Nrama: Then New Avengers, with the story of the Phoenix and K’un L’un, has been more of an unconventional tie-in…

Bendis: Yes. That’s French for “annoying,” but yeah, OK. [Laughs.]

It’s one of those stories where the connection between the Avengers and this will reveal itself. What we’re into in the tie-ins is the meat of what got me really excited about Avengers vs. X-Men. Somebody asked the question, “It’s going to more than the Avengers and the X-Men that want this Phoenix force.” We’ve got a Marvel Universe arms race on our hands. Certainly the Kree would want it, certainly K’un L’un has a connection. All these things started popping up, and I got very excited because that really says a lot about the Avengers, that there are so many different tentacles into different areas of the Marvel Universe, that when something like this happens, those little areas become very important. What The Protector is doing here with the Kree is very important. The story now changes for The Protector, and the story for Iron Fist changes dramatically. I just think that it’s worthwhile to dramatize that instead of just glossing over it. I know some people would rather I just told this story of the first Iron Fist/Phoenix in one issue, but it’s not a one-issue story to me. I think it’s a beautiful and quiet story, and I know sometimes that means you’re going to read it quickly, but that doesn’t mean that the images aren’t valuable, and I think they are. As I started writing it, I’m like, “Uh-oh, I’m going to take a lot of real estate with this!” I told Tom [Brevoort], “Listen, just FYI, this is a couple of issues to me.” He was like, “Obviously, [Mike] Deodato loves drawing this, so let’s just let him do it.” So there you go.

I know when people see the Avengers on the cover and there are no Avengers in the issue it can be frustrating, but at the same time, I promise you I will reveal why this is a story of the Avengers, why this connects to the Avengers, and that will hopefully be satisfying. And I do thank Mr. Fraction and Mr. Hickman and Mr. Brubaker for the inspiration with what they did with their books to take the story into this area.

Part 2


In the first part of our interview with writer Brian Michael Bendis, we talked a lot about Avengers — as in, Avengers the comic book, Avengers the movie, Avengers Assemble, New Avengers and Avengers vs. X-Men.

Bendis has been writing the Avengers franchise for a long time, but he’s been a part of the Ultimate Universe even longer — since 2000’s Ultimate Spider-Man #1, and he’s since written every issue of every incarnation of that series. This June, he’s writing five-issue miniseries Spider-Men, the first-ever interaction between the Ultimate Universe and the traditional Marvel Universe via the meeting of classic Spider-Man, Peter Parker, and the current Ultimate Spider-Man, Miles Morales — introduced last year following the death of the Ultimate version of Peter.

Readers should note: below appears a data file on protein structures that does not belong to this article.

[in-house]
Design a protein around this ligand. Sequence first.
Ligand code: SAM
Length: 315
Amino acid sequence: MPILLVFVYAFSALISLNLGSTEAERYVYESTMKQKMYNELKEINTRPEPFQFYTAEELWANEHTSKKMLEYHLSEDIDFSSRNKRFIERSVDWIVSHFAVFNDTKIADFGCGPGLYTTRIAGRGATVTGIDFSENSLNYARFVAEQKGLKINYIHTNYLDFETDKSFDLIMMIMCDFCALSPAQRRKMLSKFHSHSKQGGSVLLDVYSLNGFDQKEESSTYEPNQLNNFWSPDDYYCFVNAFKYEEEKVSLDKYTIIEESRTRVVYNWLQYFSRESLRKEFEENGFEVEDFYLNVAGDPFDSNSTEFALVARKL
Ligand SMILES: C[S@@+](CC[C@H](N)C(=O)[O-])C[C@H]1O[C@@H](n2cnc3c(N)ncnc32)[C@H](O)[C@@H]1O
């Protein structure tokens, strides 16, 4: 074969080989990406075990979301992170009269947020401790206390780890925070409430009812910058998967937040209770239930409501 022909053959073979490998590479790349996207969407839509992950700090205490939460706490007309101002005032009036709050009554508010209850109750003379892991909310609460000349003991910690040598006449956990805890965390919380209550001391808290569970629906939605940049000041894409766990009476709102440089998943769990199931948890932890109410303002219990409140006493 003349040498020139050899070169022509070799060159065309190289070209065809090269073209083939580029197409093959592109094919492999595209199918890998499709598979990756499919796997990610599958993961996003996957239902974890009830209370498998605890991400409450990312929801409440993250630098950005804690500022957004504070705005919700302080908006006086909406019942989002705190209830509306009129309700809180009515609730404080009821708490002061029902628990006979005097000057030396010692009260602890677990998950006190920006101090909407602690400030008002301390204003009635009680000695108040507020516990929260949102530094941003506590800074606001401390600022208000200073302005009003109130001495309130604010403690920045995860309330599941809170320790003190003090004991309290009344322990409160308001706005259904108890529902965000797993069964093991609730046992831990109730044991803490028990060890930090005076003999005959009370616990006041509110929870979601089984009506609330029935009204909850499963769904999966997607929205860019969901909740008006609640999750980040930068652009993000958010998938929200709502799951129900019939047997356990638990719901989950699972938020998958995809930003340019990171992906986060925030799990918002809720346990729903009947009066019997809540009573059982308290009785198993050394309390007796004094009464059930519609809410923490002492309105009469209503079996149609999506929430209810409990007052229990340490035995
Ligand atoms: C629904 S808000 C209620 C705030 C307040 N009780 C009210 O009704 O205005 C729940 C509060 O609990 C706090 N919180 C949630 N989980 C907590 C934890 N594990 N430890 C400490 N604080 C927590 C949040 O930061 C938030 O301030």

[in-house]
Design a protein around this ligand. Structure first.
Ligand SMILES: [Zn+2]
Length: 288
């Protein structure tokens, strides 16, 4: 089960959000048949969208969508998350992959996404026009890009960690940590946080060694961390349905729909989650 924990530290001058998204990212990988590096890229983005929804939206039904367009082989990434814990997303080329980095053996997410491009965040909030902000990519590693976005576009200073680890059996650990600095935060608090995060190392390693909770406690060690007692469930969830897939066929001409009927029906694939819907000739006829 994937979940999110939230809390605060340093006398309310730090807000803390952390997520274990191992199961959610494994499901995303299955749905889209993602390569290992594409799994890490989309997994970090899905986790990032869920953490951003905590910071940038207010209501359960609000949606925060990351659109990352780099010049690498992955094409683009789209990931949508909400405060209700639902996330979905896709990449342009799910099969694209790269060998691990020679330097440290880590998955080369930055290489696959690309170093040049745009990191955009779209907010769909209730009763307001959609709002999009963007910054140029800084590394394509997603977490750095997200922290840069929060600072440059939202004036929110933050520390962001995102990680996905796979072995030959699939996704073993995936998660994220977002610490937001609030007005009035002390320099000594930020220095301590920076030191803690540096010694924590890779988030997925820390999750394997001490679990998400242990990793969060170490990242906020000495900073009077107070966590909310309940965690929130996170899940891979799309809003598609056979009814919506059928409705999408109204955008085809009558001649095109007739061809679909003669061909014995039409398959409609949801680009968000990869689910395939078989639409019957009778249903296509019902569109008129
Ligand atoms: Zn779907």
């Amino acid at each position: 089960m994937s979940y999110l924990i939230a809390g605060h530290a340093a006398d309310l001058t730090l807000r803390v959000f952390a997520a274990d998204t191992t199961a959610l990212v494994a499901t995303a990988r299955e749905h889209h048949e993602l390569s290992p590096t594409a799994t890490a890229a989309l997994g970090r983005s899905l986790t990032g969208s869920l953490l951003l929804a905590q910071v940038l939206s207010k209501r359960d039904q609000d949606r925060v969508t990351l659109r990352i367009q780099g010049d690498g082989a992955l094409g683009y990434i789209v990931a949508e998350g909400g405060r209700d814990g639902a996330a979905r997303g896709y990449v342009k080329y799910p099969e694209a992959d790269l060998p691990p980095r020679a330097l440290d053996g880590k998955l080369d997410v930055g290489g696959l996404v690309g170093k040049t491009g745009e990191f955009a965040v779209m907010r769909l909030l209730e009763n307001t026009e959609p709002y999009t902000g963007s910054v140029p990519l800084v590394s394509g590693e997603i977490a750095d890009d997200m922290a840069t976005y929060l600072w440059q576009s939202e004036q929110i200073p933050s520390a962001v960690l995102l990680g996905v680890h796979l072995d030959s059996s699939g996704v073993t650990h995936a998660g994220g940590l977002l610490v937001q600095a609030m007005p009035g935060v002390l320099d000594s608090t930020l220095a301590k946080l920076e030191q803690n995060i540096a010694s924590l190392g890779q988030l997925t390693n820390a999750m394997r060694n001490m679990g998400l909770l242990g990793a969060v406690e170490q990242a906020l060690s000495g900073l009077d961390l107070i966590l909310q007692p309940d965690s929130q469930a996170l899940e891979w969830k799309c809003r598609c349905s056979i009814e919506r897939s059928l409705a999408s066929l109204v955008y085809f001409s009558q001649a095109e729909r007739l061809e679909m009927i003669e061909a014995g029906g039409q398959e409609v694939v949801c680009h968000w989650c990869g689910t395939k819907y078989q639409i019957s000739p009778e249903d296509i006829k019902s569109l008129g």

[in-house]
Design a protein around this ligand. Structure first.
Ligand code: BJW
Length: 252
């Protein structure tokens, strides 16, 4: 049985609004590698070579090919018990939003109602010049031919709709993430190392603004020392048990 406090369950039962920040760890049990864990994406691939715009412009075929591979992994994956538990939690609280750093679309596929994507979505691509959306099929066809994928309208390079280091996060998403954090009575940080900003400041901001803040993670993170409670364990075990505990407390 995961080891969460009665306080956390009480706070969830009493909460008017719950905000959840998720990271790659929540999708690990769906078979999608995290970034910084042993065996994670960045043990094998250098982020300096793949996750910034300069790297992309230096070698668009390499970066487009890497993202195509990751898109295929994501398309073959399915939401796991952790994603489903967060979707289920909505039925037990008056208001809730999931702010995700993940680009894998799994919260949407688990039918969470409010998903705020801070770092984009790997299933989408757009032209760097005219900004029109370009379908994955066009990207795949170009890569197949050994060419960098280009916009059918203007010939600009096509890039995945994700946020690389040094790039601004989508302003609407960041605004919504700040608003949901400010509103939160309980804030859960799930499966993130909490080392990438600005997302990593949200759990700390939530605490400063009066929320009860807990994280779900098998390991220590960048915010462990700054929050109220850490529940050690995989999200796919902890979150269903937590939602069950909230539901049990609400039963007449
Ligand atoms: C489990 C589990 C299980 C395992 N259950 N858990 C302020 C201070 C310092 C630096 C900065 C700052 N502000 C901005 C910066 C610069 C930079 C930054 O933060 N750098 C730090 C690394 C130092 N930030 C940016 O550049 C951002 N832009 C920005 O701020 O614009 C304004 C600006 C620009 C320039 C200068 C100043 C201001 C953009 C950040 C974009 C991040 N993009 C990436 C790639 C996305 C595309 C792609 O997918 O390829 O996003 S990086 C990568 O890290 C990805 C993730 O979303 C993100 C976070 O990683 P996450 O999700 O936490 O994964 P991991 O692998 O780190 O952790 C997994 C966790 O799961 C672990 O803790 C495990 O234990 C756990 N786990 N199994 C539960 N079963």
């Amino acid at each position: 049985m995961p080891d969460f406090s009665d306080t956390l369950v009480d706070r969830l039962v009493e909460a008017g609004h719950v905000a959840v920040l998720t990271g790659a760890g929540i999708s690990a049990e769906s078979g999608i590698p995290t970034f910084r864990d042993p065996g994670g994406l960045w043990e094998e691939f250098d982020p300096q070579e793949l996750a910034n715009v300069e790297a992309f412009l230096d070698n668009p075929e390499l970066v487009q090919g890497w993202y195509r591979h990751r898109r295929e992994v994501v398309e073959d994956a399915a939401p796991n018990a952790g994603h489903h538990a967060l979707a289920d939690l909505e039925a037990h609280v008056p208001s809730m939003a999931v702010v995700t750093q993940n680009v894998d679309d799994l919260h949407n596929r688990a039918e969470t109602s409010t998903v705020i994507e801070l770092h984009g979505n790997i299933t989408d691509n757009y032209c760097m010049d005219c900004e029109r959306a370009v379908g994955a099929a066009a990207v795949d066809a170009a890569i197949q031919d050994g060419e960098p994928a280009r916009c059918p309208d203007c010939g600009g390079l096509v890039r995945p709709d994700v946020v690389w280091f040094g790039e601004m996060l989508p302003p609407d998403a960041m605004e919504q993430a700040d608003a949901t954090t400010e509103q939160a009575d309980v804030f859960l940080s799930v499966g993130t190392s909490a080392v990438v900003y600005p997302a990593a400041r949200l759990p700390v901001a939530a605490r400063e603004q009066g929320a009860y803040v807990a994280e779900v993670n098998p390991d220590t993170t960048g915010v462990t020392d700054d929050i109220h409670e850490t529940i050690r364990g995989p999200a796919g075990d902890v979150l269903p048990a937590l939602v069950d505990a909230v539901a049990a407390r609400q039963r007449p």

For the second installment of our interview, Bendis discusses the many reasons why the timing was right for an Ultimate U/Marvel U story, his love of inter-universe crossovers, what Mysterio adds to the story and why Spider-Men is a big deal for characters beyond Peter and Miles.

Newsarama: Brian, Spider-Men is starting up next month. After 12 years of writing in the Ultimate Universe, what’s it been like writing the first-ever Ultimate U/Marvel U crossover? How much thought had you given the idea over the past decade or so?

Brian Michael Bendis: I’d given it a great deal of thought over the years. It’s funny, as we announced Ultimate Universe and it had its first year of success, that’s when everyone started going, “Here comes the crossover!” There certainly is a comic book tradition of doing some sort of crossover. There wasn’t a story in “Hey, Peter meets a vaguely younger version for himself, who is also dating a vaguely younger version of MJ.” Then you have young MJ falling in love with older Peter and it’s creepy and then the whole thing falls apart.

So it wasn’t worth breaking down the barrier, because there wasn’t a story. So we just put it away, to the point where Joe announced, “We will never do it.” At the time, that was absolutely true, because with the characters, and who they were, and what they were doing, we were never going to do it. I’ll remind people who like to quote Joe —10 years later, things changed. When we started talking seriously about doing what ended up being Miles Morales as Spider-Man, when you’re making your pros and cons list of whether or not to do this, one of the pros was, “Now that’s a crossover story worth telling.” If Miles connects with any kind of audience, and we’ve got a kid who’s trying to learn how to be Spider-Man, and then Peter gets to come to the Ultimate Universe to see what the world is like after he’s died — boy, that’s a Spider-Man story worth telling.